- Buyers from neighboring countries however will not be able to trade directly on the Indian exchange.
- Foreign traders will have to trade through any of India's electricity trading licensees.
Jul 04, 2020, 07:05 PM IST
new Delhi. Soon buyers and sellers of neighboring countries will be able to trade on the Indian Power Exchange. The government wants to buy and sell electricity with neighboring countries. Rules were set for this last year. Initially, sellers and buyers from Nepal, Bhutan and Bangladesh will be able to trade on the India Energy Exchange (IEX). IEX is India's largest power exchange.
Buyers from neighboring countries however will not be able to trade directly on the Indian exchange. They will have to trade through any of the electricity trading licensees in India. This trading will take place through the bilateral agreement or bidding route of two countries or mutual agreement between institutions. Rohit Bajaj, head of business development at IEX, said the facility was expected to be commissioned in the next few months.
Indian production companies will be able to sell surplus power to neighboring countries
Currently, power trading with neighboring countries is taking place in the Term Ahead Market (TAM) segment. Under this, India exports electricity to Bangladesh. This trending is not happening for short term power purchases through exchanges. Bajaj said that after the cross-border trading started in the short-term market, Indian manufacturing companies would be able to sell their surplus power to buyers from neighboring countries.
The proportion of renewable energy in India's production will increase
Buyers from Nepal and Bangladesh will be able to purchase power from India through exchanges. At the same time, Bhutan will be able to sell India through its Surplus Power Exchange. India will also benefit from this. The proportion of renewable energy in India's production will increase.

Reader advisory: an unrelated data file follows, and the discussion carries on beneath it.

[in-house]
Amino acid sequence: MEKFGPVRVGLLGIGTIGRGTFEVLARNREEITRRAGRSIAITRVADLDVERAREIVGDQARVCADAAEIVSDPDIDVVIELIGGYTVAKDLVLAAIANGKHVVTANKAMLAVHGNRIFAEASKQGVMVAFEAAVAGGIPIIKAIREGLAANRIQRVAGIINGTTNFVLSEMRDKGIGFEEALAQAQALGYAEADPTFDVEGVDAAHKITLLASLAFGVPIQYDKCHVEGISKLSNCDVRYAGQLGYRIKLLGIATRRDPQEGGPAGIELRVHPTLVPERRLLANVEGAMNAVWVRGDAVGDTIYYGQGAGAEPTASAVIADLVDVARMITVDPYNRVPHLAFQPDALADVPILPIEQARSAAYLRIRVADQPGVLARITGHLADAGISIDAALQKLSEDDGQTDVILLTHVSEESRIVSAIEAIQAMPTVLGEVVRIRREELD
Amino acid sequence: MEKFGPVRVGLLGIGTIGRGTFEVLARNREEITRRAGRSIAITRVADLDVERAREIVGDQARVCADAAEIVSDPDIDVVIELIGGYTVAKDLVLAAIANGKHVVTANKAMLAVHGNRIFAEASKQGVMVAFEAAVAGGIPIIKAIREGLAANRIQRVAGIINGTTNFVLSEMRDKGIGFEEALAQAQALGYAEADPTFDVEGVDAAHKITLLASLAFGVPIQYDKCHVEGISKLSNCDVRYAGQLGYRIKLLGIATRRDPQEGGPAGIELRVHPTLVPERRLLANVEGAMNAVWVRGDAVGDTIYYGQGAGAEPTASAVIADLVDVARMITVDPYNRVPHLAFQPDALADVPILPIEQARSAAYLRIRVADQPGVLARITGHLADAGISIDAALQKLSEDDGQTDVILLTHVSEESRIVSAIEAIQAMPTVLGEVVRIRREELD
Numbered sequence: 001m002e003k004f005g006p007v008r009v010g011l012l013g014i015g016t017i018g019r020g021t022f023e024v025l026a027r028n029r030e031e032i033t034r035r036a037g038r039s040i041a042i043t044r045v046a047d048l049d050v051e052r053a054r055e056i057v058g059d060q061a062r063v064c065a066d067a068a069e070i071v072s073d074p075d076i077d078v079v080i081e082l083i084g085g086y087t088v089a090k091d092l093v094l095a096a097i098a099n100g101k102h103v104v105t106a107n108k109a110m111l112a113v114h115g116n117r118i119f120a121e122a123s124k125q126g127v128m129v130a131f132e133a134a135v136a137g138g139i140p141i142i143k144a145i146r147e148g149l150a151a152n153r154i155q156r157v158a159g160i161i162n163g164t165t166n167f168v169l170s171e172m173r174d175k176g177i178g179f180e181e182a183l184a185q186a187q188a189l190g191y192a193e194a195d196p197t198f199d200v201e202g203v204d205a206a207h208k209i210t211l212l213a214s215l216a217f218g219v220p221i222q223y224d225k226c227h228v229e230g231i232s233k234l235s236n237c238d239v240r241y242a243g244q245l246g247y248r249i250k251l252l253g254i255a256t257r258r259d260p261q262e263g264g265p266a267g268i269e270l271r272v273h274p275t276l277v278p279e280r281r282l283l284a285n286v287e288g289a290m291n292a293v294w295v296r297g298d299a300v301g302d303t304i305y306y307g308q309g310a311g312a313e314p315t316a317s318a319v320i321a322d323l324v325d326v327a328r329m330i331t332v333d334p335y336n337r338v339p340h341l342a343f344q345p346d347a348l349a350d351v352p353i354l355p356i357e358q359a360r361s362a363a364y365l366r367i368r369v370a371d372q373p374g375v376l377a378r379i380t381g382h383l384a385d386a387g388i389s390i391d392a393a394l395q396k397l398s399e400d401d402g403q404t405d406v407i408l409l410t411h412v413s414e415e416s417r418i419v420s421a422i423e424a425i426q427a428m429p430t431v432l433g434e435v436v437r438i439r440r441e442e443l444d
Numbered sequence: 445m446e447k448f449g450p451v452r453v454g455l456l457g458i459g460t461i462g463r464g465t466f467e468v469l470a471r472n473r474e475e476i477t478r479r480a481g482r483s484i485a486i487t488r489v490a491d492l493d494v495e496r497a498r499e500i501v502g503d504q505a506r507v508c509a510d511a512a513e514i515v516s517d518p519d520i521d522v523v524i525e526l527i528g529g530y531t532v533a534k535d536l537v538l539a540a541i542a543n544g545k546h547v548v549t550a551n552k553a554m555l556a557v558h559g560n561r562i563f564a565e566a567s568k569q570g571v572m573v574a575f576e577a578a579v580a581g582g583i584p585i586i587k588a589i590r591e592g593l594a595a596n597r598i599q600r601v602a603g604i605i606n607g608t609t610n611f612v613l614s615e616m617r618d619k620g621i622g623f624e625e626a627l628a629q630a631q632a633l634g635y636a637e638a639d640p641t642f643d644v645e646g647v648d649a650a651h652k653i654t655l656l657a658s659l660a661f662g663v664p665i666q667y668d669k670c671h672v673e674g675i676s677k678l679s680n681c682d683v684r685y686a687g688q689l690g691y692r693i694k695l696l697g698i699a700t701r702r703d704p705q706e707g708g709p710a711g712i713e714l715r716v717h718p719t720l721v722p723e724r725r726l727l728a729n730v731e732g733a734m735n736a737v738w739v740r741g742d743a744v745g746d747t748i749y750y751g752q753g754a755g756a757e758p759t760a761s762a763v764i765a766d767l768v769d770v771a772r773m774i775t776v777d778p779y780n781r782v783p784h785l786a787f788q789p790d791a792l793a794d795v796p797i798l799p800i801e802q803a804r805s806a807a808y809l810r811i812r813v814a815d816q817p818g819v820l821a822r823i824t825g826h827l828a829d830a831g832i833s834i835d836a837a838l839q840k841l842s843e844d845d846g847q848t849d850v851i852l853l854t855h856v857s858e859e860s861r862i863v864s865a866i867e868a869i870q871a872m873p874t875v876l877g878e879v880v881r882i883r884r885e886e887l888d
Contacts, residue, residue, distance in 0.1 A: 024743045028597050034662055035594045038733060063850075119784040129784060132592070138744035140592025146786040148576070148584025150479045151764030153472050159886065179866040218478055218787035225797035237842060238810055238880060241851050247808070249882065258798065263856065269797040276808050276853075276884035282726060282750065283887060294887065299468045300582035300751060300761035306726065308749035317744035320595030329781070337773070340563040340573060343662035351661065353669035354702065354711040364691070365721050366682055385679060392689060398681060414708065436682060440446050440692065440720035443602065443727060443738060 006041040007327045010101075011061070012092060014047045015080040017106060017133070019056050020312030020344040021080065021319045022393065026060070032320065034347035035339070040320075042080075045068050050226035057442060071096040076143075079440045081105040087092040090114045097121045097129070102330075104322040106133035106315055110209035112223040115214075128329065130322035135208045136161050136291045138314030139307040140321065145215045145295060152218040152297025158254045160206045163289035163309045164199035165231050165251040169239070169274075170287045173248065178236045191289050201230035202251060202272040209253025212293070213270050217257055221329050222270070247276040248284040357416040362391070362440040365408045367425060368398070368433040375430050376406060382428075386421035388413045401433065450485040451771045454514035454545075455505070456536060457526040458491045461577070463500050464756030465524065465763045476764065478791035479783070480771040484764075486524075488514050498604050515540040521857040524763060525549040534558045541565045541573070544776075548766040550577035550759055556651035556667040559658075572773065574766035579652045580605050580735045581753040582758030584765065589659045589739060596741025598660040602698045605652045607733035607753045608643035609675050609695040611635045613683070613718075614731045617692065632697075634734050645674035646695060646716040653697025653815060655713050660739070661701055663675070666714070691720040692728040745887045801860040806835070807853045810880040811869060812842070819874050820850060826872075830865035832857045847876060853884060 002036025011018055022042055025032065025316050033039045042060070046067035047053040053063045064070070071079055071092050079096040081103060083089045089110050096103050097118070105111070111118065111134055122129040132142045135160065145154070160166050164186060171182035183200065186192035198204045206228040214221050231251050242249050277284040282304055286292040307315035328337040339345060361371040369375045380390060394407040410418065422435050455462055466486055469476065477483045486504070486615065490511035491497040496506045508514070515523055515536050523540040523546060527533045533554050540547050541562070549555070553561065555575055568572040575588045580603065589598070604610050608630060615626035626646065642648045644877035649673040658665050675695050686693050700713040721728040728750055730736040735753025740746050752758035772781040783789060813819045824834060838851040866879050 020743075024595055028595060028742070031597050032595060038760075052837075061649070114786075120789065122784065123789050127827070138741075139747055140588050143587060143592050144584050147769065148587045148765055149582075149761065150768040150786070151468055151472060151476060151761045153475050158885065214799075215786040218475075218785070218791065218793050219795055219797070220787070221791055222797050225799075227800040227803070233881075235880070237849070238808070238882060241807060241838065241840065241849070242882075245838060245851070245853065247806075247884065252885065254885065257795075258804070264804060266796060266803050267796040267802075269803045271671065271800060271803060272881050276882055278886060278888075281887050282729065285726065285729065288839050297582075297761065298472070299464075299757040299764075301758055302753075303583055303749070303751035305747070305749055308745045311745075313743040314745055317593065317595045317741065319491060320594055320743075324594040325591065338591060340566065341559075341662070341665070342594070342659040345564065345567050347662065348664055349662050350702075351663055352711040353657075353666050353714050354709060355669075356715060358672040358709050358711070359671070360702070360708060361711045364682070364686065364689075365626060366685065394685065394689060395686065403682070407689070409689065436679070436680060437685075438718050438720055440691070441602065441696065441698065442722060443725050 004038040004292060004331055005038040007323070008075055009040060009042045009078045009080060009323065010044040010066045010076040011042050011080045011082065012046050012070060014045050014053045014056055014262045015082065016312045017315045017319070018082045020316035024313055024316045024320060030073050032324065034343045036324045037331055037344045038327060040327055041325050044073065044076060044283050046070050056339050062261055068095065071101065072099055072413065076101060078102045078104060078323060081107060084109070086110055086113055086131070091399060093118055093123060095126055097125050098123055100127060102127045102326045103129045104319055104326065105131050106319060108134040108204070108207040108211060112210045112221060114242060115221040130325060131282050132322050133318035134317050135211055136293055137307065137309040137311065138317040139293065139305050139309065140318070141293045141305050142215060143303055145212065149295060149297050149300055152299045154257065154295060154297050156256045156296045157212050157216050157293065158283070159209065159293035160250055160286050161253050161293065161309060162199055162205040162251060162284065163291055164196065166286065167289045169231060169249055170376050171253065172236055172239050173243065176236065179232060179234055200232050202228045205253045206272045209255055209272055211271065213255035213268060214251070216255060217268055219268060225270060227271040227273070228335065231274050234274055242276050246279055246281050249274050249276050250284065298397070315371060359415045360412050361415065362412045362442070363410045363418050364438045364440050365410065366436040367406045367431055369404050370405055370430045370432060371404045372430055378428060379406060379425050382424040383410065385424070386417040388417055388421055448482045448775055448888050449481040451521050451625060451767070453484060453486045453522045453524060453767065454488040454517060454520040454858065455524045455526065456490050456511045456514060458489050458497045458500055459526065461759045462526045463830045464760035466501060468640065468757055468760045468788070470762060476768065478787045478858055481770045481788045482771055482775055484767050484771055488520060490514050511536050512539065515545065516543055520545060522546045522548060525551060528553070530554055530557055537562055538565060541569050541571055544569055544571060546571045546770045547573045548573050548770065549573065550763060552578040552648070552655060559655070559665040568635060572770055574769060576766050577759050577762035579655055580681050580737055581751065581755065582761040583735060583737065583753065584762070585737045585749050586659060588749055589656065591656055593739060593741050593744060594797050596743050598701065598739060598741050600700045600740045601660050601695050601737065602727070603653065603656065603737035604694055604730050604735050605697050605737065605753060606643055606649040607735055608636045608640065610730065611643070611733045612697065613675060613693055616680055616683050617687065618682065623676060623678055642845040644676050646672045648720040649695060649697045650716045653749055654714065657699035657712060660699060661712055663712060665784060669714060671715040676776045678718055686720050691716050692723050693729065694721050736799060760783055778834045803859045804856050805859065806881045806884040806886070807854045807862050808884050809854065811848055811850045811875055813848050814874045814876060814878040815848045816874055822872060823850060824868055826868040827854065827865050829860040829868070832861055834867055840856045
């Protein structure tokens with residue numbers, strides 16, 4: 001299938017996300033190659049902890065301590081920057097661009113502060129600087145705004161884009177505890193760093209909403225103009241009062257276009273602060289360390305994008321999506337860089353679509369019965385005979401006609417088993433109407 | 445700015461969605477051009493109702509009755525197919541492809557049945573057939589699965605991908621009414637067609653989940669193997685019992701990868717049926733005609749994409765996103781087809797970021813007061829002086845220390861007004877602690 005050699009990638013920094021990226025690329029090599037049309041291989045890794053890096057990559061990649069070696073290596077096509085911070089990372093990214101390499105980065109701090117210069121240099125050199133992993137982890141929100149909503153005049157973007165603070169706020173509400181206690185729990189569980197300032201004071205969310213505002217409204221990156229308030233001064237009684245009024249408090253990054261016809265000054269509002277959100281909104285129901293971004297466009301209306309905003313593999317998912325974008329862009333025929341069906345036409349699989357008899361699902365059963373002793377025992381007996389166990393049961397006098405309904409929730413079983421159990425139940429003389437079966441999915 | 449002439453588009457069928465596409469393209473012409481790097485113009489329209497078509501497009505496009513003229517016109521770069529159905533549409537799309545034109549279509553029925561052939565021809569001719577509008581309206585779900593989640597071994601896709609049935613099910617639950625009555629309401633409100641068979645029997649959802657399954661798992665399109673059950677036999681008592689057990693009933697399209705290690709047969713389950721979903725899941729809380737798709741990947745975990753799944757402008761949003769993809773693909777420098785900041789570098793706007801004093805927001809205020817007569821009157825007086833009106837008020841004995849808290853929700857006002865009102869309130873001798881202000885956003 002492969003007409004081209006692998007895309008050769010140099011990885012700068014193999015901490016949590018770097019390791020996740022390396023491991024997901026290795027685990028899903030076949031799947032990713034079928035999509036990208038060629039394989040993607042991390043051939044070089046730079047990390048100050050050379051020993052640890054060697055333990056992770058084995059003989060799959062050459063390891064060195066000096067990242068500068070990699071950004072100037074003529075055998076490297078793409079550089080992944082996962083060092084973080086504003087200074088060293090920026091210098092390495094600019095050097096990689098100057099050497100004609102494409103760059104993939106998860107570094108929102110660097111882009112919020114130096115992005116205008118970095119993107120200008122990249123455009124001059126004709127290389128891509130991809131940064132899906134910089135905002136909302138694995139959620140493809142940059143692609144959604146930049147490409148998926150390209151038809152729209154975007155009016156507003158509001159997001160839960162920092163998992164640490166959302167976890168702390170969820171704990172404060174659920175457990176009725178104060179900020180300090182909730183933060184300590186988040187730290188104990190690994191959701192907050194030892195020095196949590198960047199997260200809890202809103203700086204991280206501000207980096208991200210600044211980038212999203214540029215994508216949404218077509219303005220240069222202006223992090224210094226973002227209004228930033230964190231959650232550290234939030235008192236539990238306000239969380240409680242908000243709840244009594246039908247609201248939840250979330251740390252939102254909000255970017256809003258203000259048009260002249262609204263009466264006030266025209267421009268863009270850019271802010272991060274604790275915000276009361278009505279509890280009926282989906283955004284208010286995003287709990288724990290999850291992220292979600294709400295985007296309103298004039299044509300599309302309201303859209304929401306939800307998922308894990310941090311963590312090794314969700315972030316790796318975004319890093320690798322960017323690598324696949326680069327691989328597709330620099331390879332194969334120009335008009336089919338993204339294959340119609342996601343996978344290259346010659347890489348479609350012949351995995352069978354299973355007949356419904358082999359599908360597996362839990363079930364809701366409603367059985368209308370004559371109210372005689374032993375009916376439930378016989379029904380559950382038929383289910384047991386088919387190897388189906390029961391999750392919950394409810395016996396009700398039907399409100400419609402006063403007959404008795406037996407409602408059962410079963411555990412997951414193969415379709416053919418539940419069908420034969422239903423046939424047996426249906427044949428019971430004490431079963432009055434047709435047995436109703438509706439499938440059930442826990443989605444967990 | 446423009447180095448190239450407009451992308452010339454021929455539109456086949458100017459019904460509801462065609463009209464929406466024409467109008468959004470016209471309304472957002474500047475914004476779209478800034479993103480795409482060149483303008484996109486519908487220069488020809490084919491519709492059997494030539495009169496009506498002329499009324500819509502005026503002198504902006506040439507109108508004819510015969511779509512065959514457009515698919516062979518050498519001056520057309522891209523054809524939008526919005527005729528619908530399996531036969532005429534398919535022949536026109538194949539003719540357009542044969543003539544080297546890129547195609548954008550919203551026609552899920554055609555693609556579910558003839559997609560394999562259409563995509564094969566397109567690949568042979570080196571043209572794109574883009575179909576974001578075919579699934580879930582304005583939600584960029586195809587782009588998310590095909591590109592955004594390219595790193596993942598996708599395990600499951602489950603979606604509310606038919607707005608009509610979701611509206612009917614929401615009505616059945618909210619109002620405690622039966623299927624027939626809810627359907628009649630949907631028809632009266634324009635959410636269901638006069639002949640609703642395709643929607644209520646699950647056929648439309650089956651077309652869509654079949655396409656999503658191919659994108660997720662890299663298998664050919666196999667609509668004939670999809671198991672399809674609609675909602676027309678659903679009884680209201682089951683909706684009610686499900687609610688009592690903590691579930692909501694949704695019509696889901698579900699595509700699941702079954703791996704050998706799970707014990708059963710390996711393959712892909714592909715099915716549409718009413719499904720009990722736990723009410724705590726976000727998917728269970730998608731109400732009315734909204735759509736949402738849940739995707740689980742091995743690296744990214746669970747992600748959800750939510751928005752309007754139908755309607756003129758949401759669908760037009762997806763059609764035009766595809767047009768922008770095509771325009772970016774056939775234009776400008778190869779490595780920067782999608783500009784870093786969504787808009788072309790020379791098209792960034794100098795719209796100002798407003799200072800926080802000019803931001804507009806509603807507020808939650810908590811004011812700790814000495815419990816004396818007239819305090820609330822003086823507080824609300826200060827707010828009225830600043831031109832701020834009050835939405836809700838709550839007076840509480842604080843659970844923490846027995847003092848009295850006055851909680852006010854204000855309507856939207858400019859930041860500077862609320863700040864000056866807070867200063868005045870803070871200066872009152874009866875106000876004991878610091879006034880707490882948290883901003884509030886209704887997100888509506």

Once the infrastructure is built, the exchange will start trading with countries like Myanmar and Sri Lanka.
India's transmission link with Nepal, Bhutan and Bangladesh already exists. Therefore power trading with them through exchange can begin immediately. Trading can also begin with exchanges with countries like Myanmar and Sri Lanka if the necessary infrastructure is ready.
Trading on the exchange may initially demand 300-400 MW of power from neighboring countries
There is already less demand in the electricity market. After the outbreak of the coronavirus epidemic, demand further decreased. With this, the country's electricity companies are exploring additional markets to sell surplus electricity. With the exchange starting trade with neighboring countries, they will get an opportunity to sell some of their surplus power. According to experts, 300-400 megawatts of electricity may come initially in spot trading through the exchange.
India currently sells 1703 MW of power to Bangladesh, Nepal and Myanmar.
Currently, about 3,000 MW of electricity is traded between India, Bhutan, Bangladesh, Nepal, Pakistan, Sri Lanka and Myanmar. India buys 1,200-1,500 MW of electricity from Bhutan every year, while Bangladesh sells 1,200 MW, Nepal 500 MW and Myanmar 3 MW.